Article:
Milk and cats go together like dogs and bones. So it's no surprise that prison dairy farms, such as the one at Wyoming Correctional Facility in Attica, is a magnet for felines.
But Governor Paterson's cost-cutting decision to eliminate farm operations at correctional facilities has put prisoners' "pets" in peril.
A tipster at Attica let the cat out of the bag, so to speak. He said inmates were told to quit feeding the cats, some of which are "orphans" from Genesee County.
But starvation and neglect tactics would be unlawful, a misdemeanor for "failure to provide sustenance" under Agriculture and Markets regulations.
The correctional authorities claimed no knowlege of the situation when Sue Davila inquired about it last week. She's a state licensed animal cruelty investigator with the Wyoming County SPCA.
Up to 100 cats are believed to be living at the facility, which Davila got permission to visit last week. She and SPCA board member Janice Stenman, aided by guards and inmates managed to round up 14 cats and kittens. Live traps were put out Monday to catch more.
The animals confiscated Friday were tested for disease and given immunizations. They were treated as needed for fleas, worms, ear mites and given antiobiotics. One very pregnant female had a gaping abcess on her neck. One had a respiratory infection, one was brain damaged and a male was neutured and declawed.
"Part of the problem is local -- people show up at night and dump their cats at the prison," Stenman said. "It's not entirely the prison's fault that (the cats) are there."
The problem is not new.
Stenman said a guard told her that four years ago an order was given to get rid of the cats. They were corraled into a shed and a truck driver backed up to the shed and gassed the cats with exhaust fumes. They were purportedly then dumped into a mass grave and their killer got a bounty of $8 per cat. No one wants to talk about it publicly, Stenman said, because they fear reprisals.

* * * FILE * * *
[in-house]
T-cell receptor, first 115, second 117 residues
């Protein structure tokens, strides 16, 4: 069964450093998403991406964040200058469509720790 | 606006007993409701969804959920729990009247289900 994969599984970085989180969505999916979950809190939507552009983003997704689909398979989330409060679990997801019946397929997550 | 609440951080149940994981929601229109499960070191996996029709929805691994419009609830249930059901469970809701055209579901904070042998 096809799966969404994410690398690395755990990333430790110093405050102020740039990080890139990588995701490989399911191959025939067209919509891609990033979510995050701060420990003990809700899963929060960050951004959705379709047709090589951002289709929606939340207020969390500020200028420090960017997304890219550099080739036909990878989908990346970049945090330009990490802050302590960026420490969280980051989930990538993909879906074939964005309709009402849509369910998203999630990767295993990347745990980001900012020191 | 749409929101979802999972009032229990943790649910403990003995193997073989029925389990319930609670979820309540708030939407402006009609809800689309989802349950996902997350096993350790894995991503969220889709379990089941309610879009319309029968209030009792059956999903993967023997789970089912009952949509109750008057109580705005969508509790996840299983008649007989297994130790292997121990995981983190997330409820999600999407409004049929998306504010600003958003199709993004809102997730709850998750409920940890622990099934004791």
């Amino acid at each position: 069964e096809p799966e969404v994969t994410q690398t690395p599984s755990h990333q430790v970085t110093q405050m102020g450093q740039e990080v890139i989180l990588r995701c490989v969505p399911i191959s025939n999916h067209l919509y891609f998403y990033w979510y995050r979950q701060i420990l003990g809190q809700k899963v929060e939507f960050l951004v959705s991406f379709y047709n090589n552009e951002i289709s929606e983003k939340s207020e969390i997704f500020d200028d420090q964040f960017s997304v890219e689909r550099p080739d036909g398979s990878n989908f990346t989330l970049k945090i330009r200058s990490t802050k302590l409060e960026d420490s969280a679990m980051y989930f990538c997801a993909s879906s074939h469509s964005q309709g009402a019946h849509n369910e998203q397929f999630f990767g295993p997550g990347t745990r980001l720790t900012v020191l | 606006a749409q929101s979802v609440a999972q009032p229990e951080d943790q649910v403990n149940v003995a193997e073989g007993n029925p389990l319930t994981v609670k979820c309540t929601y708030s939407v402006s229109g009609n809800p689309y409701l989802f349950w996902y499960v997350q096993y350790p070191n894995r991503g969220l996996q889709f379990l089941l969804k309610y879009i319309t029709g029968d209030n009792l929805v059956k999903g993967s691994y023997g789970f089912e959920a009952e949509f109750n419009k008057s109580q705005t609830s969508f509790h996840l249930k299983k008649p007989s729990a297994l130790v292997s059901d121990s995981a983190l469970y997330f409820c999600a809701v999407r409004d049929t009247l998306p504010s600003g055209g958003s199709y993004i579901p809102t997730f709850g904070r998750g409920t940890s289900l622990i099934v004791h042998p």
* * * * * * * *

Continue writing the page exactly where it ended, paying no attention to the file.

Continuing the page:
The dairy farm cats are indoors only -- use to being fed and thus unsuited to suddenly fending for themselves. Perhaps some may become adoptable once they are quarantined and evaluated.
Speaking of which, the folks at the donation-dependant SBCA are feeling kind of desparate.
"This situation has put horrible pressure on us," Stenman said, adding that money for food and medication plus a barn to use as a temporary quarantine site are the most immediate needs.
Wyoming County SPCA is a no-kill facility which can accommodate 200 cats, not 300. It also accepts animals from facilities in several other counties.
Lollipop Farm in Monroe County is also a no-kill facility that works with SPCAs and volunteers to care for homeless pets.
In Genesee County, the government animal shelter in Batavia can handle caging for 25 to 35 cats at a time, but by law only those from Genesee County residents.
Local animal control officer Aggie Jaroszewski said 578 cats were adopted or found foster homes through the Genesee shelter last year.
Those were the lucky ones. Many cats are euthanized. If feral populations in particular are allowed to grow unfettered, the incidence of sickness and disease increases. Last year, a cat tested positive for rabies in the Village of Leroy, Jaroszewski said.
Feral or nearly feral cat populations are not uncommon in mobile home parks and apartments, places where property owners often ban pets, Jaroszewski said.